The AKF is the major supporter of an Australia–Korea Early Career Scientist Exchange Program (ECRP), which aims to strengthen Australia–Korea complementarities in science. Through the program, we embedded up to five postdoctoral scientists in key research projects—alternatively from Korea to Australia and from Australia–for approximately three months. It links the AKF, the Australian Academy of Science, the Australian Academy of Technological Sciences and Engineering and the Korea Science and Engineering Foundation.

Under the AKF’s education program, we have developed an internet-based study kit, Investigating Australia, aimed at Korean students and available at www.auskorea.info. The Foundation provides financial and operational support for the Australia–Korea Teachers’ Exchange program, and flow-on school and student exchange visits in both directions. We developed a new project, the Australia–Korea Talkback Classroom, which links the AKF, the National Museum of Australia and Korea’s EBS Television. In the 2006 classroom exercise, we sponsored the visit to Korea by two Australian senior high school students to meet two Korean students to investigate the prospects for peace and reunification of the Korean peninsula. We assisted the students with their preparatory research, including by arranging interviews with Mr Downer and the ROK Ambassador. At the conclusion of their learning journey, the students participated in a forum discussion with leading Korean policy adviser Professor Moon Chung-in. The forum discussion and the students’ interview with Mr Downer was subsequently broadcast on Korean television.

Council on Australia Latin America Relations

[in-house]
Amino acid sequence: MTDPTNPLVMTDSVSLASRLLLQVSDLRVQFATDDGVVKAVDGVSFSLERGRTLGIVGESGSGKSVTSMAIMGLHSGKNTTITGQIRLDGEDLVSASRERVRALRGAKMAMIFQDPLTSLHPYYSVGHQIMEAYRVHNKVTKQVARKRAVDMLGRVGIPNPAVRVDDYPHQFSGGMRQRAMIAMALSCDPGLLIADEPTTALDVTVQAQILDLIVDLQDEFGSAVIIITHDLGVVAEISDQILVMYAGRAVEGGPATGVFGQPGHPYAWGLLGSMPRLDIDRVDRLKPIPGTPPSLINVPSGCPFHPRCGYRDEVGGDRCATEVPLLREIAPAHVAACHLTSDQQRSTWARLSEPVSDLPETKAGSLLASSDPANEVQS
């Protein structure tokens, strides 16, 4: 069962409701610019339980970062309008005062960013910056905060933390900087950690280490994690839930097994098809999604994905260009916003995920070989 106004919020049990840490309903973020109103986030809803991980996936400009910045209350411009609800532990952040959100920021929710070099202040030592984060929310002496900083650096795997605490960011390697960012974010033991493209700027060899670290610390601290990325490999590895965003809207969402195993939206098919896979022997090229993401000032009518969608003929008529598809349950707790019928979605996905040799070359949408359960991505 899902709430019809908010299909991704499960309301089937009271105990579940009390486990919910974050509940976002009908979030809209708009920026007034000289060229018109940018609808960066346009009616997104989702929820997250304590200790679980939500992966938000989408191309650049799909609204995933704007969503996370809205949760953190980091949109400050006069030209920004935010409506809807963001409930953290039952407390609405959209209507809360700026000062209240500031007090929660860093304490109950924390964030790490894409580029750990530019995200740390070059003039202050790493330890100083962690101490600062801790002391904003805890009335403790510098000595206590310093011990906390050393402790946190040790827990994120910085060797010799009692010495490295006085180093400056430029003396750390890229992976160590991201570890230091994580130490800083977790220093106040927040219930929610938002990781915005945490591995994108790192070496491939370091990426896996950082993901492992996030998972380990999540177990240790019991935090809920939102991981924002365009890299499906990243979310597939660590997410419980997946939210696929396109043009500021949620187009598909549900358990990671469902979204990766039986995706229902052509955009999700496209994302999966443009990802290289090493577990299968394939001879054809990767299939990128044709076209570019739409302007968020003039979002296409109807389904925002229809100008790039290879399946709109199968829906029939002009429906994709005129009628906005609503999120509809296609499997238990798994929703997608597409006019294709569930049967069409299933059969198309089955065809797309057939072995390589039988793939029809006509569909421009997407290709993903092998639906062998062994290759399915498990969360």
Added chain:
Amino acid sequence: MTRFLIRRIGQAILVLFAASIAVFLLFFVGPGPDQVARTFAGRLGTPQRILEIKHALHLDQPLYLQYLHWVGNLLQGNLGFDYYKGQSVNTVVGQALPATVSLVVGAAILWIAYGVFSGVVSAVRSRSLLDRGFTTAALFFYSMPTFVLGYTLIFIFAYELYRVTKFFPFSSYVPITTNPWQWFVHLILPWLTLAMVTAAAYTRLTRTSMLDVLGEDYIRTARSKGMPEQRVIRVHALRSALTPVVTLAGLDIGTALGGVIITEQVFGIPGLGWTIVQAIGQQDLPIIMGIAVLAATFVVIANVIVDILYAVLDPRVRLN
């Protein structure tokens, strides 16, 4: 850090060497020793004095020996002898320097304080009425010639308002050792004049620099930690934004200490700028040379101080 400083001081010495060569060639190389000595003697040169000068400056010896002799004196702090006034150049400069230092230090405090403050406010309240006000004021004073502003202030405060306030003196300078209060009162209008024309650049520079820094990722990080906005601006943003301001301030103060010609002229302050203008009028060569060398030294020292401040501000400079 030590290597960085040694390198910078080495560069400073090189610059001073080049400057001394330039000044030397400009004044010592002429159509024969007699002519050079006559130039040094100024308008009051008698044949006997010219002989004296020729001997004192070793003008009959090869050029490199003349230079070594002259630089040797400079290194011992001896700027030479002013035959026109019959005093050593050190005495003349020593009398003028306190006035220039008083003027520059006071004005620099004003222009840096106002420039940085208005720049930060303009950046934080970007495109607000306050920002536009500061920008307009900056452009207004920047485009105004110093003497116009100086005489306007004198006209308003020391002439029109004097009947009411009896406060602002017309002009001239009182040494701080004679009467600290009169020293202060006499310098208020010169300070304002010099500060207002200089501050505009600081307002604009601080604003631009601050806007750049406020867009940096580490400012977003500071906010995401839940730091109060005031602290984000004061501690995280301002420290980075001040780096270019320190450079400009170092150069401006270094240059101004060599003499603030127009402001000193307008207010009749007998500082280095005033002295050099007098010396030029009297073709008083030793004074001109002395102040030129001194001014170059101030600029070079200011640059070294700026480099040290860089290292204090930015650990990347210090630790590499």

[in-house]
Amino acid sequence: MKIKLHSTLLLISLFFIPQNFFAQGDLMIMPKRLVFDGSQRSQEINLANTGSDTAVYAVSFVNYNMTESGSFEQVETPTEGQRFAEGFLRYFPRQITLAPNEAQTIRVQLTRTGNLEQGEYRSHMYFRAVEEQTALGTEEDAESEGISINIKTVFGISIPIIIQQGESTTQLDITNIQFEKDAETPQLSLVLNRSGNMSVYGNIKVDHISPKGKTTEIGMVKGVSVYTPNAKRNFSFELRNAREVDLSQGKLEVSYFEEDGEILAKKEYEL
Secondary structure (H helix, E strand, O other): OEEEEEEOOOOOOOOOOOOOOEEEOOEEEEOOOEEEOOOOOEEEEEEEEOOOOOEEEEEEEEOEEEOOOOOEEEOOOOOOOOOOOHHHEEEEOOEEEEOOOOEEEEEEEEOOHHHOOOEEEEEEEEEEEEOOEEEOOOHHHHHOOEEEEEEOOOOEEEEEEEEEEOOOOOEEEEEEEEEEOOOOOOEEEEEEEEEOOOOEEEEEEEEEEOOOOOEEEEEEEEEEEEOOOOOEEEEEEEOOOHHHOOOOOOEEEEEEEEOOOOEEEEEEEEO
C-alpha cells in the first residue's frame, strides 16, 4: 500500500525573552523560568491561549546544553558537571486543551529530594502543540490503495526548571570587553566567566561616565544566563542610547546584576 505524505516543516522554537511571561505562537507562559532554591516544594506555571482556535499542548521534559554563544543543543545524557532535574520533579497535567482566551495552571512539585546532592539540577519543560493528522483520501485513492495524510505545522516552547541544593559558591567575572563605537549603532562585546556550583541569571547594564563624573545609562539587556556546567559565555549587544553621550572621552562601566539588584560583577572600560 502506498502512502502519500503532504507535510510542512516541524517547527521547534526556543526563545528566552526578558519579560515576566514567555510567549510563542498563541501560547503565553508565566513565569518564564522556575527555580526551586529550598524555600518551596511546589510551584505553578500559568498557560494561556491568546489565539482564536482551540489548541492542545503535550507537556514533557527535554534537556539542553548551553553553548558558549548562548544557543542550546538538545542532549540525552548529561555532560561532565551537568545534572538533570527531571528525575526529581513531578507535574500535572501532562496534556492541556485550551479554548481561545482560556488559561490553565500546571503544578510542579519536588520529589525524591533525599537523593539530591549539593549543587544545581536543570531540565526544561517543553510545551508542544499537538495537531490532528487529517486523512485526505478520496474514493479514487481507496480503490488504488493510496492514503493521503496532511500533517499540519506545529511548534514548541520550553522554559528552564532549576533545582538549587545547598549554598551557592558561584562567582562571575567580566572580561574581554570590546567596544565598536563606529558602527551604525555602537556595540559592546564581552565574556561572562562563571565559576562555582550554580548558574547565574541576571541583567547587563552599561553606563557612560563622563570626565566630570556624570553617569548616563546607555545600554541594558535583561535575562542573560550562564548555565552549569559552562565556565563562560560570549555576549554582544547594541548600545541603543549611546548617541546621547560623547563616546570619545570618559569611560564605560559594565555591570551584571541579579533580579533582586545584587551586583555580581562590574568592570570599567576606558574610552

The Council on Australia Latin America Relations (COALAR) continued to support Australia’s diplomatic and economic objectives in the Latin American region across its four priority areas of business, education, tourism and culture. COALAR worked in partnership with Austrade and the Australia Latin America Business Council to promote opportunities for Australian businesses in Latin America by providing support for the 2006 Australia Latin America Business Awards and the 2007 Australia Festivals in Buenos Aires, Lima and Mexico City.

COALAR collaborated with the Department of Education, Science and Training to support the visit to Australia of a Colombian Ministry of Education delegation, further strengthening government-to-government links in the education sector. COALAR funded a media visit to Australia by five journalists from Latin American APEC member economies, Mexico, Peru and Chile to coincide with APEC 2007 events. The visit provided an opportunity to highlight trade and investment linkages between Australia and Latin America in the lead-up to APEC in Peru in 2008. Two members of the COALAR Executive Council visited the region to talk with decision-makers of five Latin American countries on a wide range of issues, including tourism and agribusiness.

Australia–Malaysia Institute